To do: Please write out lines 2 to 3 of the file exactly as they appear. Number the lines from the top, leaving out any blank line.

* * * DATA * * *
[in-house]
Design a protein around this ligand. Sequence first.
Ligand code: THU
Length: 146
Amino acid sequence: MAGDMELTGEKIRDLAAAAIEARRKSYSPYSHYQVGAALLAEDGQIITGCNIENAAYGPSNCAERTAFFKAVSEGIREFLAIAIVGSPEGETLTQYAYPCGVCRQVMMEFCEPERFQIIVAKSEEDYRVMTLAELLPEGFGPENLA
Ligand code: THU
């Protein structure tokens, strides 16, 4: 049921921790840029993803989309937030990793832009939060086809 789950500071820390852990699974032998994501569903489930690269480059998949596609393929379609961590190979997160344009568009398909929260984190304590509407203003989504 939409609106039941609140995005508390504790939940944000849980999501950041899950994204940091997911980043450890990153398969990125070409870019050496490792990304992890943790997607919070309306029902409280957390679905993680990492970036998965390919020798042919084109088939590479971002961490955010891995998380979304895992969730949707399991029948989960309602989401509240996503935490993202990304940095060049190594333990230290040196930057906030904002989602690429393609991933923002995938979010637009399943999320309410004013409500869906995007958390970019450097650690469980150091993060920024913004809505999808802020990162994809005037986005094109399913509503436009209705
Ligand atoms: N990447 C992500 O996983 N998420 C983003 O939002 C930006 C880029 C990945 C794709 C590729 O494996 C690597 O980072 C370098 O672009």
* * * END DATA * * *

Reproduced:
Design a protein around this ligand. Sequence first.
Ligand code: THU